Rare planetary lineup on June mornings
If you’ve never seen all the bright planets at once, June is your perfect chance. The five brightest planets – Mercury, Venus, Mars, Jupiter and Saturn – are lined up before dawn. They stretch across the sky from the eastern horizon to above the southern horizon. And if you have patience and binoculars, you can hunt down the two challenging planets – Uranus and Neptune – that are hiding among the classical planets.
Planetary lineup before dawn
Starting closest to the sunrise point, which is north of due east at this time of the year, you’ll find Mercury and Venus. Mercury is closest to the horizon with Venus higher and brighter. You’ll need an unobstructed view to the horizon to spot them. Mars, Jupiter and Saturn are higher in the southeastern sky. Jupiter is the brightest of those three and lies between Mars and Saturn. Though not visible to the unaided eye, Uranus and Neptune are also hiding in the dark among the brighter planets.
At the start of June, you won’t be able to spot Mercury because it’s too close to the sun. Jupiter and Mars are just coming off a close conjunction on May 29, when they were less than a half degree – the width of the full moon – apart. Mars and Jupiter will separate over the course of the month, with Mars sinking toward the horizon along the ecliptic.
By mid-June you should be able to spot all five planets, as Mercury becomes more readily visible in the morning sky above the horizon. Late in the month, you can watch the moon pass this planetary lineup. On June 18, a waning gibbous moon is not far below Saturn in the constellation Capricornus. By June 21, the moon has reached Jupiter in Pisces and has decreased to only 47% lit. The next night, June 22, the moon approaches reddish Mars. Then, as the moon becomes a slender waning crescent, it sidles up to Venus on June 26. By June 27, the moon’s not even 3% lit, a shard of a crescent, when it makes its closest approach to Mercury.
Uranus and Neptune
If you want to spot Uranus and Neptune, you’re going to need a little help. A good star chart and a pair of binoculars should do the trick. Try Stellarium to find the locations of Uranus and Neptune on the nights you wish to observe.
Uranus, the brighter of the two, starts June closer to the horizon than Venus but ends the month higher in the sky than Venus. Your best bet to find Uranus is when it passes Venus around June 11. From the Northern Hemisphere, Uranus will be to the upper left of Venus, about three full-moon widths away. On June 12, Venus is about the same distance from Uranus but now almost directly below it.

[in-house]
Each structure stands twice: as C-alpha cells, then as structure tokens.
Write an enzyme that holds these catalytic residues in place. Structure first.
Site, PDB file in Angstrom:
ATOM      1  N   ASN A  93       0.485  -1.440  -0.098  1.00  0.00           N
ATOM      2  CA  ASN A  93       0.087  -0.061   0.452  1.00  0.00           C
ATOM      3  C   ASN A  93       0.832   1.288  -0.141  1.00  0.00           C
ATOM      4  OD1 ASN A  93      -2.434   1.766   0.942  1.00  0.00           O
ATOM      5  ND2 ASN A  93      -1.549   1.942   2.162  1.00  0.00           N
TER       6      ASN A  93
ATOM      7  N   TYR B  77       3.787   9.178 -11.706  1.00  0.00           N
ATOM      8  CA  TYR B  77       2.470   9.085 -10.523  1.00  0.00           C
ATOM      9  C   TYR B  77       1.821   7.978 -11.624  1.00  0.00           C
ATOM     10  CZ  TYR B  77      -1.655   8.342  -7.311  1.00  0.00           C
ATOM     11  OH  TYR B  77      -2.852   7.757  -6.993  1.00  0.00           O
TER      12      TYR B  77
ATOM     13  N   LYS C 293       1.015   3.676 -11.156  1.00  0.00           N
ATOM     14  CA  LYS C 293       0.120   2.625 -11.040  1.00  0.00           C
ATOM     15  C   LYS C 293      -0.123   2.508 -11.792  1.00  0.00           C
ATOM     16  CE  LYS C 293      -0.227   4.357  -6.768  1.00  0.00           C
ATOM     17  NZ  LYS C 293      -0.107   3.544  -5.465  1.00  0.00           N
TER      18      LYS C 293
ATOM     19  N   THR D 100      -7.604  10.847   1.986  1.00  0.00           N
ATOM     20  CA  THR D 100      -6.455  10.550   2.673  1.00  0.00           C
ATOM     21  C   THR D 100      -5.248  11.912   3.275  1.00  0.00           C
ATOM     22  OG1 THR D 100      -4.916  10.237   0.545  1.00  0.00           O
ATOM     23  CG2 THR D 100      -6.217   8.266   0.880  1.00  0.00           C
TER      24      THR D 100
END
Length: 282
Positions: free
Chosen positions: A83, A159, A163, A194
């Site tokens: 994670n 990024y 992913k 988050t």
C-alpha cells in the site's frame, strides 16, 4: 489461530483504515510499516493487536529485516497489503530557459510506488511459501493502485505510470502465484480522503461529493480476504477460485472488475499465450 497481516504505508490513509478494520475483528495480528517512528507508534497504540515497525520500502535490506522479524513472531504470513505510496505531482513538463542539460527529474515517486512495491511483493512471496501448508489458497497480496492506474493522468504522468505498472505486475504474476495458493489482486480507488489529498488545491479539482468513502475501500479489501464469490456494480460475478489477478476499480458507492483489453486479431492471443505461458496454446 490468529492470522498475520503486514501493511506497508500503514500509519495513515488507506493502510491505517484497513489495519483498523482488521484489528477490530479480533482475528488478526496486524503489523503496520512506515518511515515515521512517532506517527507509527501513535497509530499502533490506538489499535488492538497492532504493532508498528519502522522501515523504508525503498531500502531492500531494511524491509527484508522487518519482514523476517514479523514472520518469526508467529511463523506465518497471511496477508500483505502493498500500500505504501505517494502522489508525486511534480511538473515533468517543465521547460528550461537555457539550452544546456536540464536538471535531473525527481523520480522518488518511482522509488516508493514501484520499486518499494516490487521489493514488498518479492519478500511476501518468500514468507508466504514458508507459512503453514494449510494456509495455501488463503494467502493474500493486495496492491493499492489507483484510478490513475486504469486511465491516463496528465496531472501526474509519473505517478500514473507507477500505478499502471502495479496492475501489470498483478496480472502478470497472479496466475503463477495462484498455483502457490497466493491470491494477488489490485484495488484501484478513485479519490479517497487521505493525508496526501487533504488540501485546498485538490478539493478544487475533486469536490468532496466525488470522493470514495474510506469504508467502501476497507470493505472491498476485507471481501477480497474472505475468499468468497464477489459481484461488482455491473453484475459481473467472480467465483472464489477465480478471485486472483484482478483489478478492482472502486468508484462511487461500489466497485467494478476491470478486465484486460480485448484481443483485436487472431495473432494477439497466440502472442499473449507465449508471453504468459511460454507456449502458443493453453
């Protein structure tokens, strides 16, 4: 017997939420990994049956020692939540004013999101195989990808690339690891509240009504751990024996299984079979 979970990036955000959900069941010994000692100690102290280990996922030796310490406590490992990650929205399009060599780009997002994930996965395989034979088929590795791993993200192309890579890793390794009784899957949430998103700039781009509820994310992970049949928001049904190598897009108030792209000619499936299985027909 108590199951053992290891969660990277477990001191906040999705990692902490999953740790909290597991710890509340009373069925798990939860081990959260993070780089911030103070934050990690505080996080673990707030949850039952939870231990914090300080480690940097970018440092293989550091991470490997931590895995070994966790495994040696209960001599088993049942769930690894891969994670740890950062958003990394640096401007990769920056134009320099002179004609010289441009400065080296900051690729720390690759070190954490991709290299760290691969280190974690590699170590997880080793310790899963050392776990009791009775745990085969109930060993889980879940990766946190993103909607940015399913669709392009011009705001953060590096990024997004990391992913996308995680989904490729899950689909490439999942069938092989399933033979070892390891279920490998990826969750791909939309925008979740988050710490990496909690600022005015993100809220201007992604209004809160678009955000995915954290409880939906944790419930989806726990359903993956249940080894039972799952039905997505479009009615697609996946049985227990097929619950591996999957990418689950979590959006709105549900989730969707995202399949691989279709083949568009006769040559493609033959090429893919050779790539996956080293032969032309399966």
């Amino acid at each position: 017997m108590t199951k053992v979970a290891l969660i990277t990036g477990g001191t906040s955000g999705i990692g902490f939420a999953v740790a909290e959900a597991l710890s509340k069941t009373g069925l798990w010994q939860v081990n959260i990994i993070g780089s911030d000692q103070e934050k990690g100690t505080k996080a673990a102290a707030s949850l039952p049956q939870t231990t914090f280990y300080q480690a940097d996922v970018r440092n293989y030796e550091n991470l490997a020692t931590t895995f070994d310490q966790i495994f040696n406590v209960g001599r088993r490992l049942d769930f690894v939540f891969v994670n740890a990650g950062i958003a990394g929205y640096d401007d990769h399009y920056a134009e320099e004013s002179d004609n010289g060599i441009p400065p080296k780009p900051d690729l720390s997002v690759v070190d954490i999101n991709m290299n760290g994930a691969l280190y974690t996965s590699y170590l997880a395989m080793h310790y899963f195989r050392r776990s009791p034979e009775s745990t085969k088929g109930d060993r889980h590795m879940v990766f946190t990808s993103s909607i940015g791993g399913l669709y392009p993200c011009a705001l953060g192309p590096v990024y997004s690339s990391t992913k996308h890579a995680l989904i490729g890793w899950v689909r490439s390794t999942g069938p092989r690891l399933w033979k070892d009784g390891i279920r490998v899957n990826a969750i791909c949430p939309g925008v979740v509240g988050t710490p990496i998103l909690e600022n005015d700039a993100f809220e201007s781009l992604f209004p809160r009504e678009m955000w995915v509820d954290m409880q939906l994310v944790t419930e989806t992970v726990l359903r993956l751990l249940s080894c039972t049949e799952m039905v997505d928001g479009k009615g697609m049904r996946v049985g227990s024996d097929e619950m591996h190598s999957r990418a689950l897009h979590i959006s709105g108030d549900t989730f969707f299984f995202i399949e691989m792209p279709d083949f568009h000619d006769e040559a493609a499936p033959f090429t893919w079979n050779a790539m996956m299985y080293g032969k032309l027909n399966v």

Neptune doesn’t have anything as handy as a bright planet passing by to help you track it down. (That opportunity was on May 18 when Mars passed less than a half degree below Neptune.) Neptune is between Jupiter and Saturn, though much closer to Jupiter. It lies below the circlet of Pisces. You can find it on a star chart and then hop your way to it.
The path of the ecliptic
Now, if you know that the planets all trace the same path – called the ecliptic – because they’re all in the same plane of our solar system, you’ll know that the planets are all essentially “in a lineup” all the time. It’s just that most of the time the planets aren’t close enough together for you to easily distinguish that line. Oftentimes, some planets will be in the morning sky while others are in the evening sky, so not all planets are visible above the horizon at the same time.
Take advantage of this special opportunity in June to see them all lined up together across the morning sky.
Bottom line: You can spot a planetary lineup all through June. Look in the morning before sunrise for the five brightest planets stretching from the east-northeast toward the south.